A generalized view of a mainframe desktop system which incorporates dynamic address translation in accordance with the subject invention is shown in FIG. 2. The RAM organization of the above-mentioned functions will henceforth be referred to as the page address table or PAT 40. Input bus information for use by the PAT 40 or for system use when PAT 40 is not operational is derived from the microprocessor bus 18. In total, three address sub-buses are derived utilizing specific bits of the microprocessor address bus 18, as follows. The twelve low order address bits A11-A00, which define the element address within a page, are extracted from microprocessor address bus 18 and placed on element bus 42. The next seven bits A18-A12, which are sufficient to define all real memory page numbers, are similarly extracted from microprocessor address bus 18 and placed on real address bus 44. The ten high order bits A21-A12, which define all possible virtual memory page addresses, are also removed from microprocessor address bus 18 and placed on PAT input bus 46. The Pat 40 output bus 48 is actually a composite bus that includes three sub-busses 48a, 48b and 48c. PAT output sub-bus 48a carries the real or translated address, bits A18-A12, to data multiplexer 50. PAT output sub-bus 48b bi-directionally transfers information between microcode interface 52 and PAT 40 as shall hereinafter be explained. PAT output bus 48c performs a similar function in transferring information between DAT control circuit 54 and PAT 40. The nature and use of the information transferred by these PAT output buses shall also be explained hereinafter.
There are three modes of operation for PAT 40. Mode A is "DAT on", in which address translation and any functions associated therewith are automatically controlled by hardware and the microcode provided for that purpose. In this first or "DAT on" mode, the input PAT address bus 46, which consists of the 10 high order address bits A21-A12 from microprocessor address bus 18, define the virtual page number being sought. All data bus functions are automatically controlled by hardware in the "DAT on" mode. The second mode, "DAT off", basically bypasses the PAT with the exception of use of the real out-of-bounds bit. Translation is not needed in this operating mode. The third mode, "PAT modification" allows access to the PAT by the processor microcode for initializing and updating purposes. In this mode, the address space of PAT 40 becomes a subspace of memory accessible only to the microcode. This prevents any direct interaction between software and PAT 40. Initialization and updating of PAT 40 by the microcode is aided by a microcode interface circuit 52, see FIG. 3, composed of the tri-state buffer 70, transceivers 72, 74 and 76, as well as the necessary address, data and control signal information therefor.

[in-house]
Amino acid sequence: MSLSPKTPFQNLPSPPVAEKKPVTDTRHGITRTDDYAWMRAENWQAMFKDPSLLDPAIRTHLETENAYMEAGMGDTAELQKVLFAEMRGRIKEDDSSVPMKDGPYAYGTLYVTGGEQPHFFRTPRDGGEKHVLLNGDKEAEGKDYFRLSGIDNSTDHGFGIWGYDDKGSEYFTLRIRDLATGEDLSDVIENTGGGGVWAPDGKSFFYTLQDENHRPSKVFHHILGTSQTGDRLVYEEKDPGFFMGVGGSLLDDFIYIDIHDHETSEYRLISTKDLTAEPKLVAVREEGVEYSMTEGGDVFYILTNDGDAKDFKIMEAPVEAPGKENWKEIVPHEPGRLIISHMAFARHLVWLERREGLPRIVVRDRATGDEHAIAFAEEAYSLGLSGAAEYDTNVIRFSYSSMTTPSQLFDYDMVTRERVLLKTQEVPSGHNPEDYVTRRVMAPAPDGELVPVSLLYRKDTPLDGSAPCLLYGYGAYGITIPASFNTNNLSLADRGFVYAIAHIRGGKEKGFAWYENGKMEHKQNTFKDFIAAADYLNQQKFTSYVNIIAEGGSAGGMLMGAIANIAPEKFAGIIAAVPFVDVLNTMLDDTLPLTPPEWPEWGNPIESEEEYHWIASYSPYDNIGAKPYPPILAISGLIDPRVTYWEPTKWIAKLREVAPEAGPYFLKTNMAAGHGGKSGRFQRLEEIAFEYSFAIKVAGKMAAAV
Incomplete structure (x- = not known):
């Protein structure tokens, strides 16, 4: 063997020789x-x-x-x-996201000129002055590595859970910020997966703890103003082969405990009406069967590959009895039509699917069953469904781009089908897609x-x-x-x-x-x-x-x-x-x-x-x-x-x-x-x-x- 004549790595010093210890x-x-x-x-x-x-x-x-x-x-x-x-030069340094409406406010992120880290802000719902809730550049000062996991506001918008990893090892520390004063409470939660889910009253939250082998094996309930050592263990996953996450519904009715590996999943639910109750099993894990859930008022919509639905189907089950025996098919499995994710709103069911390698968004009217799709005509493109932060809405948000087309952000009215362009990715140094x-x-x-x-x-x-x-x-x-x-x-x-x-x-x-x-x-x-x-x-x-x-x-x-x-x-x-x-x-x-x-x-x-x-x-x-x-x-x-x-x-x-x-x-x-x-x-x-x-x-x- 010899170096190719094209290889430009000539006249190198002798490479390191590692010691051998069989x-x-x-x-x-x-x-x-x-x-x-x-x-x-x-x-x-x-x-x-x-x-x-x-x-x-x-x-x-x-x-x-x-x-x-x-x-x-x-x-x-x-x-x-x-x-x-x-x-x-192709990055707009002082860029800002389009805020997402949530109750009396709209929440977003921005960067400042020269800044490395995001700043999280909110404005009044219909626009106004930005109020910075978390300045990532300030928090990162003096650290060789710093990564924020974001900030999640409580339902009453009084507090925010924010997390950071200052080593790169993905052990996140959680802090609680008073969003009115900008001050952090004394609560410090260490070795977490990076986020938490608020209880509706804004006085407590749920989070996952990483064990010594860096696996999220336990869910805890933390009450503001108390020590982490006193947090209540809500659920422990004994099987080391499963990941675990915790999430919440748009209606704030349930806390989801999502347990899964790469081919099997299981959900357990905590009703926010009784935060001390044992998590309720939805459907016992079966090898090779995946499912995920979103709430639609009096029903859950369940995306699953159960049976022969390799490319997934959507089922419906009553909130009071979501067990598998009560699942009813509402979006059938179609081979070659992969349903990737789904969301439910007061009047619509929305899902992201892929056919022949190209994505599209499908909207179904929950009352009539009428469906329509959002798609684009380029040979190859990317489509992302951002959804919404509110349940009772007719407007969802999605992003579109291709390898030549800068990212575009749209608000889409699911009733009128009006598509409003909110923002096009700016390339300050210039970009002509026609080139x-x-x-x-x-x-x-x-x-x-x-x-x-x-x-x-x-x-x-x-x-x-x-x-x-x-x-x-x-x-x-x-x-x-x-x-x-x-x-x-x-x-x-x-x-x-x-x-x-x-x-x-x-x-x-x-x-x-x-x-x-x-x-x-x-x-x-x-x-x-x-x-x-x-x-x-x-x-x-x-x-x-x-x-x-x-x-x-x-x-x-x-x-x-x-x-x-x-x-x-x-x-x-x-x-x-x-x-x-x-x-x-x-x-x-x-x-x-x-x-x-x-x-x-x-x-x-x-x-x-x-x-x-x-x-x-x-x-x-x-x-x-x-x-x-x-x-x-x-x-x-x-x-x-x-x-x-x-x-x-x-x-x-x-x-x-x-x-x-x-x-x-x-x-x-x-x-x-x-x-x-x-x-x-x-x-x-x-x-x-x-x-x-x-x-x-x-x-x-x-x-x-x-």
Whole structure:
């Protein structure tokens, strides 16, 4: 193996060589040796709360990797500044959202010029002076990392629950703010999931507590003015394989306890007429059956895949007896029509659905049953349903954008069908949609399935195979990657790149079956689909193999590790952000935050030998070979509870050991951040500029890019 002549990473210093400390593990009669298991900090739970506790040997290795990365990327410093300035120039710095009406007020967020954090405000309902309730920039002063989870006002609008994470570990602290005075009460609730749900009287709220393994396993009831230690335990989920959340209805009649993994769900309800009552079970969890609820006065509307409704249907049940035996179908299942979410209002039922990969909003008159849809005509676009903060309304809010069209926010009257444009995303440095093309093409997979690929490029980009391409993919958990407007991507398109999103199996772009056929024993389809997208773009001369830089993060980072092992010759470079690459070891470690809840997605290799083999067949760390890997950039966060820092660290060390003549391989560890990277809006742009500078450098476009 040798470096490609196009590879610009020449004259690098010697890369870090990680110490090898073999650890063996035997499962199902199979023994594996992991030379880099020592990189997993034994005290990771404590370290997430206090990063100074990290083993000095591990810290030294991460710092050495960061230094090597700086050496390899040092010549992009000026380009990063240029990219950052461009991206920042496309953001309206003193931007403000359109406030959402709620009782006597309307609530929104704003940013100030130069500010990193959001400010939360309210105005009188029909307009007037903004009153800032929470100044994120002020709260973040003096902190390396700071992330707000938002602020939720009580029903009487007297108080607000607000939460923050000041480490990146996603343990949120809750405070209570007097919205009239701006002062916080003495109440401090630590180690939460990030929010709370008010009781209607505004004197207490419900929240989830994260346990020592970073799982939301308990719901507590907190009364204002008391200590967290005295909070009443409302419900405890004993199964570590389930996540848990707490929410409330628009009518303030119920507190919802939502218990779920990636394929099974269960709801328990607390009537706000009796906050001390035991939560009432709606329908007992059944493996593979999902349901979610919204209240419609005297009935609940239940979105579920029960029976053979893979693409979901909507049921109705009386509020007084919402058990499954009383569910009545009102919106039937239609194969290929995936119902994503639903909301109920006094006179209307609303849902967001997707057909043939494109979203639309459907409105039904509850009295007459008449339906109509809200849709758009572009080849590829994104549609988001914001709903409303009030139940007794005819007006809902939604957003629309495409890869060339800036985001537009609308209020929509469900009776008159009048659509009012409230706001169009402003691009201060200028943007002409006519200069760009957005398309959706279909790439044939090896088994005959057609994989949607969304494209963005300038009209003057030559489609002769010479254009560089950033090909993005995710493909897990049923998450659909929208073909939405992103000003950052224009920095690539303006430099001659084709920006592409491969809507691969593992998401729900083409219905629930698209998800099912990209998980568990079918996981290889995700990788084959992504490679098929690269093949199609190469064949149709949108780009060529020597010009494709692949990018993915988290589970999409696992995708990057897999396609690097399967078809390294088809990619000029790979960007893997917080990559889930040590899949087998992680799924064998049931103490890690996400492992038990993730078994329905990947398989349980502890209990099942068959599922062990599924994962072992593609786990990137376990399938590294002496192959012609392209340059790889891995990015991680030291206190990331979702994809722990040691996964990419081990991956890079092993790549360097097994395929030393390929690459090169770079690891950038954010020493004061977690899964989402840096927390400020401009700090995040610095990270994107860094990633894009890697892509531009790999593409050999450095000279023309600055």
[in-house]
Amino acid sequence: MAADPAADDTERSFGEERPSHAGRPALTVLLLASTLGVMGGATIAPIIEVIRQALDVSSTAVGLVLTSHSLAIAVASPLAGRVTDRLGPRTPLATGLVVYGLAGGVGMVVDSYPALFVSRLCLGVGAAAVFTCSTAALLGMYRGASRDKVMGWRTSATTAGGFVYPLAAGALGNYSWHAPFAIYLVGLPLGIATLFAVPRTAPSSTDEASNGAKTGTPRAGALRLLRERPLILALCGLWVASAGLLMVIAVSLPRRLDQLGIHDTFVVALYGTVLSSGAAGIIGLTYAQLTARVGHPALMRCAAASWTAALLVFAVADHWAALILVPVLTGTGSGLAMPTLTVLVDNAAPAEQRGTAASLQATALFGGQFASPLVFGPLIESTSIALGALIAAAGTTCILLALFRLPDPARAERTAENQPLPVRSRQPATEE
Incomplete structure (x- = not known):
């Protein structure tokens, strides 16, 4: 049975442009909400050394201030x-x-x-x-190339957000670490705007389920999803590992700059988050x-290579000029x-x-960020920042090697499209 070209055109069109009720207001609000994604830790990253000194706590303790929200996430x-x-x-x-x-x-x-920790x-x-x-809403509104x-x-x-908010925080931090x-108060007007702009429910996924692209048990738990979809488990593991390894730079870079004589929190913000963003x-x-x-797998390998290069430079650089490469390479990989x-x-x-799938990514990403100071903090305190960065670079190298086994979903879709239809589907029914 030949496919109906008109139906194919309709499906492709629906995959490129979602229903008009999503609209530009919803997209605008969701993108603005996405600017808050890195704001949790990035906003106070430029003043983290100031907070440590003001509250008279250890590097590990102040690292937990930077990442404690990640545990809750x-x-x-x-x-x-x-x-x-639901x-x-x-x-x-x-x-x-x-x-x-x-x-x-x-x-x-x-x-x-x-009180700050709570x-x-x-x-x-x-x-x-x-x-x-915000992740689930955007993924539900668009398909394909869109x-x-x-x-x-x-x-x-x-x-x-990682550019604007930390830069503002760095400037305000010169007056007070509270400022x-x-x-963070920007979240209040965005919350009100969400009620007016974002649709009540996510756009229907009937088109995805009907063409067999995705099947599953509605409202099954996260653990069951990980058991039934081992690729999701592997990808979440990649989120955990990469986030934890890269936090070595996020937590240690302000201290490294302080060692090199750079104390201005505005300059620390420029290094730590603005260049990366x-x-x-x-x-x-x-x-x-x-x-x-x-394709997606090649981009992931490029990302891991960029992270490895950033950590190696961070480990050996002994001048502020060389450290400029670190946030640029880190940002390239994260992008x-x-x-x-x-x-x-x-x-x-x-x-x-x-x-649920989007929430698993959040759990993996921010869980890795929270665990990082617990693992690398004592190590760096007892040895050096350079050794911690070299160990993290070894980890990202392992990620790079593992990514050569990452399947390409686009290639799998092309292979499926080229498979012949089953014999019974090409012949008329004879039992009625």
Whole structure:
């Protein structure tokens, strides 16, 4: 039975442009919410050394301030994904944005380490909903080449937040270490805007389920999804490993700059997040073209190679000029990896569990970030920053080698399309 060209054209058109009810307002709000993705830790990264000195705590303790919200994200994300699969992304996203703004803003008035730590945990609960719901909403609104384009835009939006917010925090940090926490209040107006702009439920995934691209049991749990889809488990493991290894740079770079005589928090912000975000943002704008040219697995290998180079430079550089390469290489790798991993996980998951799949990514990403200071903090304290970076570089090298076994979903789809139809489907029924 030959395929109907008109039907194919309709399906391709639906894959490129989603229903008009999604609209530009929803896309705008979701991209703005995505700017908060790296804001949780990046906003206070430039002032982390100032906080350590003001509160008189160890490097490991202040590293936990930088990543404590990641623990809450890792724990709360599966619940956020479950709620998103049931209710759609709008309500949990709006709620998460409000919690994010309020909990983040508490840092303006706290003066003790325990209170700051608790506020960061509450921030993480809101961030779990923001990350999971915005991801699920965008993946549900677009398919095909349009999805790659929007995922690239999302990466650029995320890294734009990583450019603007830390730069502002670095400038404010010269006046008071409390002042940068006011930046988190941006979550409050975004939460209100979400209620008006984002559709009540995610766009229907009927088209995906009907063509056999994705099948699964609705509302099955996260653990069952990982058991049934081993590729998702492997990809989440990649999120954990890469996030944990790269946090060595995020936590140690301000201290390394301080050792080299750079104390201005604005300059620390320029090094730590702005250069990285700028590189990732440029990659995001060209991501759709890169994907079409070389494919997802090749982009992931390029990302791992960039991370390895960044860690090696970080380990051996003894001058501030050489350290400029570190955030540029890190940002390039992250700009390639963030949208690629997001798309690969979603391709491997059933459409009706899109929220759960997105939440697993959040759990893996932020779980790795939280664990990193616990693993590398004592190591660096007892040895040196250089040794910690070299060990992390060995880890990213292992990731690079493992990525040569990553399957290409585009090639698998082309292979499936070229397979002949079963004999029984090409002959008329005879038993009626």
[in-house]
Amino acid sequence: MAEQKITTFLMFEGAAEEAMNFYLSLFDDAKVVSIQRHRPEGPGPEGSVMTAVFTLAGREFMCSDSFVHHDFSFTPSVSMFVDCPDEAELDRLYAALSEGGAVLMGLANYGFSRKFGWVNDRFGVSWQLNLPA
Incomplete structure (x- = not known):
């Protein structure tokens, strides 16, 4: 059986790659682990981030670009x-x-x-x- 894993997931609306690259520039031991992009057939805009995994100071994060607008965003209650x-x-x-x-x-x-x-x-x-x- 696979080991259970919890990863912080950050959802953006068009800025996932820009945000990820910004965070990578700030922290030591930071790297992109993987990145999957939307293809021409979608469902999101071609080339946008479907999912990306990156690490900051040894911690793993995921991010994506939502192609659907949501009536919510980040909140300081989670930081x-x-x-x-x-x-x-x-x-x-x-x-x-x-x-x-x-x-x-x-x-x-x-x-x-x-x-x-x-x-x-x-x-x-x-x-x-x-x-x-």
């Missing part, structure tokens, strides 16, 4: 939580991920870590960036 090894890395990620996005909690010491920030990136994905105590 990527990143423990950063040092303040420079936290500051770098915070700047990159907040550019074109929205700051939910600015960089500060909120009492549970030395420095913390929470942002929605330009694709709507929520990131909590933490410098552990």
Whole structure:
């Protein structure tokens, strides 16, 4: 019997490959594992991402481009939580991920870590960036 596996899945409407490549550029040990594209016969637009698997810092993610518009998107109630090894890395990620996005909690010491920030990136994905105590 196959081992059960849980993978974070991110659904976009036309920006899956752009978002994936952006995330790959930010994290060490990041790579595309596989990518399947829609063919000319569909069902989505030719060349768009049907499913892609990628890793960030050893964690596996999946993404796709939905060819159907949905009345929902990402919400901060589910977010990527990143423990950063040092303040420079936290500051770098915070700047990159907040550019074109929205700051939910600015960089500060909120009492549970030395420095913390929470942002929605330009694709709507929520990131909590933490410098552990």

Mode selection is accomplished by processor microcode manipulation of a mode selection control register 59. When the contents of mode selection register 59 are set to a predetermined value, it causes the data multiplexer control line 56 to be set. This results in the address information on bus 48a being passed through data multiplexer 50 to its output bus 58. If the "PAT off" or "PAT manipulation" modes are required, the mode register is loaded with an appropriate value that resets data multiplexer control line 56. This switches the data on bus 44 to the multiplexer output bus 58 since address translation is not required for these modes of operation.